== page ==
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Our insurer couldn't recover repair costs after a no fault accident - is it fair they've now increased our premium?

My wife’s car was struck by a metal object which came from an open lorry going in the opposite direction. The damage was estimated at £1600. We contacted the police but there was no CCTV coverage. Our insurer (Esure) stated that we would have to pay the £350 excess, and that our policy would increase as they're unable to recover their costs. Yet, they couldn’t tell us until four weeks before renewal what the increase would be. Will this affect her NCB even though they're protected? Also, if we insist on using our garage instead of one of their recommended garages, we would be charged an additional £200. My wife’s car is a Lexus IS300 with pearlescent finish and therefore needs a repairer who has experience to get the paint match right, that’s why we wish to use them. Are we getting a fair deal from Esure?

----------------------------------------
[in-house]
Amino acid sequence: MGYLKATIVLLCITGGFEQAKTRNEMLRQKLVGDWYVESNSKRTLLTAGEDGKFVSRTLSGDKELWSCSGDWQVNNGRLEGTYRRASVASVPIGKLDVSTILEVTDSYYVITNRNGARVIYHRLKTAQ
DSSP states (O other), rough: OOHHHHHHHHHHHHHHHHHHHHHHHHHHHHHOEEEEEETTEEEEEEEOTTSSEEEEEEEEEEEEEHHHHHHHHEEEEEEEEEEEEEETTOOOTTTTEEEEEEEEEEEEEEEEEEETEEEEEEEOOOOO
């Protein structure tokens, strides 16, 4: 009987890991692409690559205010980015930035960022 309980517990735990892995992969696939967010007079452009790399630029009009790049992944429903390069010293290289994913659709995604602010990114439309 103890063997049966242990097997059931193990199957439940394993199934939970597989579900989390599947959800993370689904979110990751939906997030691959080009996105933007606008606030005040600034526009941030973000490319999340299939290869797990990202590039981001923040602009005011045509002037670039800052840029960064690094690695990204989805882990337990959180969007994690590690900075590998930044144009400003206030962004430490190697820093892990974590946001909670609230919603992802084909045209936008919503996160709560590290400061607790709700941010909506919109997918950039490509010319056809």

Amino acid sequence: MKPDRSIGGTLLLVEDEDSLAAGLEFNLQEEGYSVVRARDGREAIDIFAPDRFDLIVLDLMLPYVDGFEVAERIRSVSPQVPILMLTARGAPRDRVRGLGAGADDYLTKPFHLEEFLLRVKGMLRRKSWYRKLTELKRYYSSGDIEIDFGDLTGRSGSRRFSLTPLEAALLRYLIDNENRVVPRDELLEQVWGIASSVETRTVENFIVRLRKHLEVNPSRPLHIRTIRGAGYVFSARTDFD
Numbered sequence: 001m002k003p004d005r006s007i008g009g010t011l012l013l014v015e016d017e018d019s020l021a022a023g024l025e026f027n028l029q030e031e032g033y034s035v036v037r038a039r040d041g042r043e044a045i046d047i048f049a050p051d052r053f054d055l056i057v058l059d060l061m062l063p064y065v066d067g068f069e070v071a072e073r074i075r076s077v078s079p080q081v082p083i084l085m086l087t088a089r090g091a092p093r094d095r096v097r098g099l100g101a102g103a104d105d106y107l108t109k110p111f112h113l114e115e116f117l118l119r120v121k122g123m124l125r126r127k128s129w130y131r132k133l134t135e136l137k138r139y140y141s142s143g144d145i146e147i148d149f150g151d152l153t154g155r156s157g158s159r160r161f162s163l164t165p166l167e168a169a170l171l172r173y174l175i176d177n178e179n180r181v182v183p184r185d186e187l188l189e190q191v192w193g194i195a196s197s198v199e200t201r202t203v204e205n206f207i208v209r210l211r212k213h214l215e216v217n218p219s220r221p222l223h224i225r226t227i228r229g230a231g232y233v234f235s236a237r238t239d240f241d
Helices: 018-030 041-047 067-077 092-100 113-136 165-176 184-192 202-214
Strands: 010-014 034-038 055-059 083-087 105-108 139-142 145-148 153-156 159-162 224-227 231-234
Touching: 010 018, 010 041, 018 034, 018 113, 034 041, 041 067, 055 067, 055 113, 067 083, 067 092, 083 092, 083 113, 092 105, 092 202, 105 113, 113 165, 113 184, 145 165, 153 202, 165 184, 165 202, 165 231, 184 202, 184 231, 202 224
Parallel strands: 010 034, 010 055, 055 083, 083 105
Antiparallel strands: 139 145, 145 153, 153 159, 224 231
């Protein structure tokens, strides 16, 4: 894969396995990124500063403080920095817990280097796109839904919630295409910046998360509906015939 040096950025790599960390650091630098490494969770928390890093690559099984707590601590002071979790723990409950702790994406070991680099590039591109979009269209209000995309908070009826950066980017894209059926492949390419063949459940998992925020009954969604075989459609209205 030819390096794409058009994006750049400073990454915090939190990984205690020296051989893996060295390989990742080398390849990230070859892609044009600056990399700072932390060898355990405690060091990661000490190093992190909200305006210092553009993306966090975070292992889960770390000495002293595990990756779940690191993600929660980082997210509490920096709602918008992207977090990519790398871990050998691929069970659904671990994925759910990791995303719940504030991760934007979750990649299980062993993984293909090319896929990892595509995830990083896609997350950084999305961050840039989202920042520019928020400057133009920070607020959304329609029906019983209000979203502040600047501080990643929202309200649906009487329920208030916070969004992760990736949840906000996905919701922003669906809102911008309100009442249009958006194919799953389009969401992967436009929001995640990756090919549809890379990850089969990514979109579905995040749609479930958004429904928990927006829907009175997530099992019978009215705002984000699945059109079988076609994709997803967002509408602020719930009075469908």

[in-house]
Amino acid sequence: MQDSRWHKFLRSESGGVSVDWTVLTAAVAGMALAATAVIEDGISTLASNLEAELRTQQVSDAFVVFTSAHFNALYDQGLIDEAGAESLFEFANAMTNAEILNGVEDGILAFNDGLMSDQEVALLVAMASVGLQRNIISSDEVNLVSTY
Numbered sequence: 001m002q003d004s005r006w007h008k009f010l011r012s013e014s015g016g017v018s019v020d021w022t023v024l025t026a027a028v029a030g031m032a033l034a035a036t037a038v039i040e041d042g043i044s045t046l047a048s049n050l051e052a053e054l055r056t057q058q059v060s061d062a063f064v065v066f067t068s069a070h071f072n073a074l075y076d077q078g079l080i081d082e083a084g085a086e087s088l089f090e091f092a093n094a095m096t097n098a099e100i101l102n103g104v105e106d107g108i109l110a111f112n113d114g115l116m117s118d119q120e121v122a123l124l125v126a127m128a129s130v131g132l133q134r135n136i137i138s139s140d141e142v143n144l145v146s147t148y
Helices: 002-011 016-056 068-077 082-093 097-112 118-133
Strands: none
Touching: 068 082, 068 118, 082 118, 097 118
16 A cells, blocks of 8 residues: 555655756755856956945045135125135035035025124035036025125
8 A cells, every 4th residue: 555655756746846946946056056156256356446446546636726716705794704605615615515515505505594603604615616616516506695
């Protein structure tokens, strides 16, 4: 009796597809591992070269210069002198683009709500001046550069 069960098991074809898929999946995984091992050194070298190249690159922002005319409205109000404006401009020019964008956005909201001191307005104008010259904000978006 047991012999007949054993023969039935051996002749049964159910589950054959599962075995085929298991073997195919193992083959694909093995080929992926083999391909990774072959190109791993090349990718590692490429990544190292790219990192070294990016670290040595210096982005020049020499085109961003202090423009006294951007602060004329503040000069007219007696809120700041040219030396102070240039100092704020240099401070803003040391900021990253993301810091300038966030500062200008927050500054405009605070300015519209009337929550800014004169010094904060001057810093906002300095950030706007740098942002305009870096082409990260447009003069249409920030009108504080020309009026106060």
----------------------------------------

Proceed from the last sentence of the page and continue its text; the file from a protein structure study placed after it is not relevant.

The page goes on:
Asked on 15 February 2018 by Calvin Clark

Answered by Tim Kelly
You will always have to pay your excess, and your policy will increase if they cannot recover the cost. If the premium goes up, change insurer. If your bonus is protected, you are allowed to make two claims in any three year underwritten period before you lose any no claim bonus obtained. It should remain at full, if you have full. Your premium will go up because you have made a claim, not due to loss of no claims bonus. Any good repairer should be able to match the finish, but you have the right to choose whoever you wish.

Should Esure wish to increase your excess by £200, they will say that it's in your contract. This is not necessarily the case as - in my opinion - its an unfair term and condition in a contract, which was covered under the Unfair Contract Terms Act. This was superseded by the 2015 Consumer Rights Act. It may also be seen to be a breach of the 2002 Enterprise Act (section 8) on unfair commercial trading practices, and a breach of the FCA regulations under UNFCOG: www.handbook.fca.org.uk/handbook/UNFCOG/1/?view=ch...r


Complain to the Financial Ombudsman Service about this, advising you feel you've been mis-sold a policy of insurance as the terms and conditions cause financial detriment and lead to a significant imbalance within the contract. It costs the insurer £500 to go to the FOS, so I suggest everyone complains about these awful restrictive practices insurers are carrying out. Once they start realising it's costing them money, they might change their terms.
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